Peter Cash: SOMETHING TO WRITE HOME ABOUT (1971)

Out of Print

Peter Cash published his first booklet of poems in August 1971. It comprises a series of twelve ‘confessional poems’ written in response to the break-up of his first serious relationship. As the title suggests, the poems grew out of ideas which he first expressed in his hand-written letters of the time both to his close friends and to his former girlfriend herself. At the time, G. S. Fraser discerned in this collection ‘a new voice’.

The poems are candid expressions of raw emotion, written in the aftermath of the rift and communicating in graphic images the pain that comes of suffering from a broken identity. They divulge a great deal of information, but control its release by means of tight verse-forms and concise clauses, thereby conveying in adult terms an adolescent’s effort to make sense of a personal rejection.

In May 1971, Memento won The Lake Aske Memorial Award (organised by The Nottingham Poetry Society). From this collection too comes House, one of Peter Cash’s first published poems which appeared in WORKSHOP: New Poetry No 13 in October 1971 – alongside poems by W. H. Auden, Ted Hughes and Thom Gunn. It was primarily on the strength of this collection that Peter Cash came to receive his Eric Gregory Award in 1975.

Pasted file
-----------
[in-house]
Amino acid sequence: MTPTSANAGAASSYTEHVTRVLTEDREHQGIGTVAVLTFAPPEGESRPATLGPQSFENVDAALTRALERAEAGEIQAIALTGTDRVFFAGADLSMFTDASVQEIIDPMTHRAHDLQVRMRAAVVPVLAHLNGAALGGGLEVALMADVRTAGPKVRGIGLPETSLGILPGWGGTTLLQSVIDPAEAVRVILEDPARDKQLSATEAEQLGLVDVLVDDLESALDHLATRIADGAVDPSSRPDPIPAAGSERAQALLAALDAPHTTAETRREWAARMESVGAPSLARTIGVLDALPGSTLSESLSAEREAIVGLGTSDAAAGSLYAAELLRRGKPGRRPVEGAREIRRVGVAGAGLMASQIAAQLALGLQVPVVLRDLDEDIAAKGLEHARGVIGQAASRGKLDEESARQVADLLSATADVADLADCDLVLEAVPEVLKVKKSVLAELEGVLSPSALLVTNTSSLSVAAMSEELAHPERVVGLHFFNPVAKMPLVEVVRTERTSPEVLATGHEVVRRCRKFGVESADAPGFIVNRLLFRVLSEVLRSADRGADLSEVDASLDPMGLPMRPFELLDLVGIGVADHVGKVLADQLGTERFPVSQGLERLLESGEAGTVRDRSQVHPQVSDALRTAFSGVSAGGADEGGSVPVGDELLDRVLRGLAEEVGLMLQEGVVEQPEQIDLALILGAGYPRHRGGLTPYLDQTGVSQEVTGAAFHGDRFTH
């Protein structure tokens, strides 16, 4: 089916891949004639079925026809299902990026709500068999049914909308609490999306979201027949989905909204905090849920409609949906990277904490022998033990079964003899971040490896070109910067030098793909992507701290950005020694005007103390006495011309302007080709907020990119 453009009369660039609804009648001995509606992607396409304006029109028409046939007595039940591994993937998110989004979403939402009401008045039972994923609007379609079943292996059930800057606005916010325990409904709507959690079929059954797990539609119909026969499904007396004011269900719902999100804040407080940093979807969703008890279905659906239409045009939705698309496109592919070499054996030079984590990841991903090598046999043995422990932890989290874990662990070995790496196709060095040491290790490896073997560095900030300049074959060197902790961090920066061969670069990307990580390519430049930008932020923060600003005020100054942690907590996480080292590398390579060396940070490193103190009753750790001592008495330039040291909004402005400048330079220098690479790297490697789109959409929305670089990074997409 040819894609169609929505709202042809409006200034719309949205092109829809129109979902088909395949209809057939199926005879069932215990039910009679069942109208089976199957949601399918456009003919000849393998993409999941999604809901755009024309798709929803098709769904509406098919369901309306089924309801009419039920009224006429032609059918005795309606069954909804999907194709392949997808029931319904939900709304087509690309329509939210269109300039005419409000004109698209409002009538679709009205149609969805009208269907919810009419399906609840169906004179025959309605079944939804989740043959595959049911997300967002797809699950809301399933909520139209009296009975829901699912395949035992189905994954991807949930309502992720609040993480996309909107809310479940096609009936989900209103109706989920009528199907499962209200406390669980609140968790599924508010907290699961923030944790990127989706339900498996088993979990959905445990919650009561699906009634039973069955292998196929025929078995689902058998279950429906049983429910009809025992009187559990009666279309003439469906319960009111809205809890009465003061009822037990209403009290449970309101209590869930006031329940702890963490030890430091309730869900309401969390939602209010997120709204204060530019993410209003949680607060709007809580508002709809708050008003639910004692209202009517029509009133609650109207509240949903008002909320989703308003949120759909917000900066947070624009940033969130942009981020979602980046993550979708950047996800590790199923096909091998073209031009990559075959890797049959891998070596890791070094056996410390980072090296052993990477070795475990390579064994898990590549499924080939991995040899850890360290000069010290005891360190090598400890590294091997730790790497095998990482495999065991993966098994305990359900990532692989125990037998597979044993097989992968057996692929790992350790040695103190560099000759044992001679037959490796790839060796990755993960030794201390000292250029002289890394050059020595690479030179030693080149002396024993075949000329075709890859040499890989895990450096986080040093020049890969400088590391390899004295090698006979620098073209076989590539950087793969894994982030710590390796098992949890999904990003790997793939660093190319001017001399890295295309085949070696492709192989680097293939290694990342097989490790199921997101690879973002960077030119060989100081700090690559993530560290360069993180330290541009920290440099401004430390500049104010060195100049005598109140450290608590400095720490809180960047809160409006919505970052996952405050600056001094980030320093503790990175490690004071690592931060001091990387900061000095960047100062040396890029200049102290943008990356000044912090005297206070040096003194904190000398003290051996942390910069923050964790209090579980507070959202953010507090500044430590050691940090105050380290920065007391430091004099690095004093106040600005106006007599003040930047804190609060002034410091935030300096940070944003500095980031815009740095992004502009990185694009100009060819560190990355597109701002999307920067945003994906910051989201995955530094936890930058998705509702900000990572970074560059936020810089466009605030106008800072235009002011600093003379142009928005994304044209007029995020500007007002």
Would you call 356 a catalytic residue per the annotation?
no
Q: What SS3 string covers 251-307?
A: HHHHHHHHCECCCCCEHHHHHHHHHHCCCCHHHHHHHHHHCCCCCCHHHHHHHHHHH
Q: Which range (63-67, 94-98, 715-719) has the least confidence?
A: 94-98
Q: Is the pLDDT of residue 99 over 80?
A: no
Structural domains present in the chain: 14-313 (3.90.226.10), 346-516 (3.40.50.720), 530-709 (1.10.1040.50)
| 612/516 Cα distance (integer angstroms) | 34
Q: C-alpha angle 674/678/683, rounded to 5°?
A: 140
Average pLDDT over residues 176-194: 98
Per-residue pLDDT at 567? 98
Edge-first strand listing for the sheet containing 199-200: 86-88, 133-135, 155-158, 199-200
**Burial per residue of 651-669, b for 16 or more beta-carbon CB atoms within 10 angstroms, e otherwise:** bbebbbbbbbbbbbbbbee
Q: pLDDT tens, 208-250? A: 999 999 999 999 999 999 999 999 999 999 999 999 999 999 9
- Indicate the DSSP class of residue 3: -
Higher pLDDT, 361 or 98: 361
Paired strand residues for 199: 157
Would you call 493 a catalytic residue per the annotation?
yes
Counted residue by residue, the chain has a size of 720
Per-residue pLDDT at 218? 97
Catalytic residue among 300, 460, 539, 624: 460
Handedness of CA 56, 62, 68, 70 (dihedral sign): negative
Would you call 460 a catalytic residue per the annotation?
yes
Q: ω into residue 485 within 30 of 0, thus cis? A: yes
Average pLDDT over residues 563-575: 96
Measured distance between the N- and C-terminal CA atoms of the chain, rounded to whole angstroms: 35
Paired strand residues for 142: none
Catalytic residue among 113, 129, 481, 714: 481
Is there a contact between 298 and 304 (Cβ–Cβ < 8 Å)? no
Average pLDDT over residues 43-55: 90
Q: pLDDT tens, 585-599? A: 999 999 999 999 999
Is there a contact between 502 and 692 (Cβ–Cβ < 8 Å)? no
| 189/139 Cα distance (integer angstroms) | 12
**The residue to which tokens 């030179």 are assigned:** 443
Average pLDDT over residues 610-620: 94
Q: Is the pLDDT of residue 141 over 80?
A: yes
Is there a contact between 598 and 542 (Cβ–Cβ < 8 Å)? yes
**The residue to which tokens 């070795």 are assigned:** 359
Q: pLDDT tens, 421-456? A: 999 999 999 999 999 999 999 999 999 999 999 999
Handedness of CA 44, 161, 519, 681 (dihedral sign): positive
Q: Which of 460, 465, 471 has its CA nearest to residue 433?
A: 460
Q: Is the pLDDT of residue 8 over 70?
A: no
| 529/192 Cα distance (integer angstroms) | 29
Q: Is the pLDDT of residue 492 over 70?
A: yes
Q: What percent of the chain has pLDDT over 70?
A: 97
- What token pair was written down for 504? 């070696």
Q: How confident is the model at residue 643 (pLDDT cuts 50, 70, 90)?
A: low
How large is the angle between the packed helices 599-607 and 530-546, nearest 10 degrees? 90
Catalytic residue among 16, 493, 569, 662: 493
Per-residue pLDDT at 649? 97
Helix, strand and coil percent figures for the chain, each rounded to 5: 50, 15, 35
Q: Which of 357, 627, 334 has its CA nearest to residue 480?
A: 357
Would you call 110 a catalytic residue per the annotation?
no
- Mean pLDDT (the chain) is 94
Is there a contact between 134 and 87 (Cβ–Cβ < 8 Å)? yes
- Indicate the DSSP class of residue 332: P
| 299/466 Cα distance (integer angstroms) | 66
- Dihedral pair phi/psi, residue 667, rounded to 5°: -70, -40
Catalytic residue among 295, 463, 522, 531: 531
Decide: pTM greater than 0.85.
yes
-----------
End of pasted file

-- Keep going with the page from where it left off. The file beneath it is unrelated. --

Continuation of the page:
HOUSE
I live inside this house
and never go out.

I need all my time
to keep its grey rooms tidy,

each piece of different furniture
rigidly in place.

I watch its thin walls 
for cracks and organise my day

between the two long sideboards
just in case.

There is no book nor television
to assist my escape

from this close air; 
and the door has had no handle

since you knocked my round roof 
out of shape

and then smashed
my windows in, you beautiful vandal.

I live inside this house
and can never go out.

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